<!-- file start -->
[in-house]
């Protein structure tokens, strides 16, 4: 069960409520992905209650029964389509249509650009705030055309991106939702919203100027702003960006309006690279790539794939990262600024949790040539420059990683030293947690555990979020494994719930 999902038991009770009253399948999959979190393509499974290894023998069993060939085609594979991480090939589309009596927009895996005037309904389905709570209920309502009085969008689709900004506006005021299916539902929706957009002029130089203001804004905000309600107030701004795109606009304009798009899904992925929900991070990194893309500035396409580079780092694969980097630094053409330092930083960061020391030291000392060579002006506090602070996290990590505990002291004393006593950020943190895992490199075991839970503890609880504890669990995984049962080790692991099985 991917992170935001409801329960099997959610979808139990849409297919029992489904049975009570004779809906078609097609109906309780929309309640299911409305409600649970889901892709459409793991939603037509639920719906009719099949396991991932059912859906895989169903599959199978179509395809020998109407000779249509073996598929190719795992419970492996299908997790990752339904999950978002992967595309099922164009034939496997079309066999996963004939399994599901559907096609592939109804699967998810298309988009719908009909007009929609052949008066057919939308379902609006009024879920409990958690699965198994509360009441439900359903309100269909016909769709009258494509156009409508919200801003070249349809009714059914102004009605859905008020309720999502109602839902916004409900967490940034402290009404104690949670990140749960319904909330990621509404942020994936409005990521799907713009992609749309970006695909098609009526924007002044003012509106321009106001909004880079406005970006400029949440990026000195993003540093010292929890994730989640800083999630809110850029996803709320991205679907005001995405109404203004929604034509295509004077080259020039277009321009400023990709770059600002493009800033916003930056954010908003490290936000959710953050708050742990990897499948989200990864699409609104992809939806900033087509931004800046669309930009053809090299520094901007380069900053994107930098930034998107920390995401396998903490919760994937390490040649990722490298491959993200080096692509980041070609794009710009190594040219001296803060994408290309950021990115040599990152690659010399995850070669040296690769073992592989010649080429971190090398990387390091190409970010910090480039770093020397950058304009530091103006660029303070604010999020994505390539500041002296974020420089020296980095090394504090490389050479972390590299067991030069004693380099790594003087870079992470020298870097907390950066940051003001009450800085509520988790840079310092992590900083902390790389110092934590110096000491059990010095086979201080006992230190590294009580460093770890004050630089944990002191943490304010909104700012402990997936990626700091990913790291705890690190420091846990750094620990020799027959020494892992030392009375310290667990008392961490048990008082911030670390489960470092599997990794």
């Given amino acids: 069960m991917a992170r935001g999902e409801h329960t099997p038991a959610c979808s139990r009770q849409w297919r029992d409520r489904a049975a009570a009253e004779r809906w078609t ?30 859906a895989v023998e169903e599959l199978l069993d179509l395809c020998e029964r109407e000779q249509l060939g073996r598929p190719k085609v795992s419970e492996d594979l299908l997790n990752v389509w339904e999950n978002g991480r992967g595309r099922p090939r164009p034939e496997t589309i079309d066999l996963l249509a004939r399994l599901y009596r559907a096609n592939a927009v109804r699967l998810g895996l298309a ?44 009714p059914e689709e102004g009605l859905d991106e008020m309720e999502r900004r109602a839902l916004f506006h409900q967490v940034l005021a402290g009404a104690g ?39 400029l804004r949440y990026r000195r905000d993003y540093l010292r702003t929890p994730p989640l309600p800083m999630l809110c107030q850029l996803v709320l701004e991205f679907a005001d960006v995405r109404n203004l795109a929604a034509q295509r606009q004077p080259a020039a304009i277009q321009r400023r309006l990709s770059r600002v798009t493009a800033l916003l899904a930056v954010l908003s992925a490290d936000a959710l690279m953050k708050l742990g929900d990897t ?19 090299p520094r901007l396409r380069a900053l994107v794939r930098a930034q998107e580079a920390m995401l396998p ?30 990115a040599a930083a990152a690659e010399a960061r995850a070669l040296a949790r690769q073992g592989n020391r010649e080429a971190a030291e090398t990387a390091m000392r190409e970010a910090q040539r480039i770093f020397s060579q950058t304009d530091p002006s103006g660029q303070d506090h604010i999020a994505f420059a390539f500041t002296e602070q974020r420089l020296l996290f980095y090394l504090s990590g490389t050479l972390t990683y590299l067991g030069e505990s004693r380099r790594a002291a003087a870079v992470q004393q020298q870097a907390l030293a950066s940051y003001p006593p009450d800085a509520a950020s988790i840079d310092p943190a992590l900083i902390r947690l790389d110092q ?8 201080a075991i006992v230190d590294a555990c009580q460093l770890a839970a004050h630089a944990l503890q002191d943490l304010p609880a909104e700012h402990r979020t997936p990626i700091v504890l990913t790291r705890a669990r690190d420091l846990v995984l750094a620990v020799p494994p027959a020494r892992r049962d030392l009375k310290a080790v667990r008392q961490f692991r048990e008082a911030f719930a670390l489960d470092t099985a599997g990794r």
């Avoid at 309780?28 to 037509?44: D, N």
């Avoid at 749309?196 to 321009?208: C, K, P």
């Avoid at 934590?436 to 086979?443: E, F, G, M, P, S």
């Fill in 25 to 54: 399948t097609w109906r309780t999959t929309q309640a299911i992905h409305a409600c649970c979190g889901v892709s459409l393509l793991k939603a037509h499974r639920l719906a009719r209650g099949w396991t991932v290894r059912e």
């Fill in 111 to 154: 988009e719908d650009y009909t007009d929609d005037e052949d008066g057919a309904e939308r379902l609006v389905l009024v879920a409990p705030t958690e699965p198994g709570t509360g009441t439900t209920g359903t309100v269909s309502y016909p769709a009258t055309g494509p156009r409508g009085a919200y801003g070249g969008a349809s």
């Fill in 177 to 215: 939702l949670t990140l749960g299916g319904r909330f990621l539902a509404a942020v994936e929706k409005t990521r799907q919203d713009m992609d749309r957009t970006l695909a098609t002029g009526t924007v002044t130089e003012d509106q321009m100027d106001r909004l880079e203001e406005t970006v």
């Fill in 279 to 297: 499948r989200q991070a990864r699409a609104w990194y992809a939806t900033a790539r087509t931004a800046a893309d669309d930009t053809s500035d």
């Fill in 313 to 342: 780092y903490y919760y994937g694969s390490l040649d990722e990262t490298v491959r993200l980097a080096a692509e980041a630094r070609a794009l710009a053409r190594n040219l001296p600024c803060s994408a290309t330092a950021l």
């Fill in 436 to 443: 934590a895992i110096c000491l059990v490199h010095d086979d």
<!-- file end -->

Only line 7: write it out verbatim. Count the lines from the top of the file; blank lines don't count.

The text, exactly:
């Fill in 25 to 54: 399948t097609w109906r309780t999959t929309q309640a299911i992905h409305a409600c649970c979190g889901v892709s459409l393509l793991k939603a037509h499974r639920l719906a009719r209650g099949w396991t991932v290894r059912e």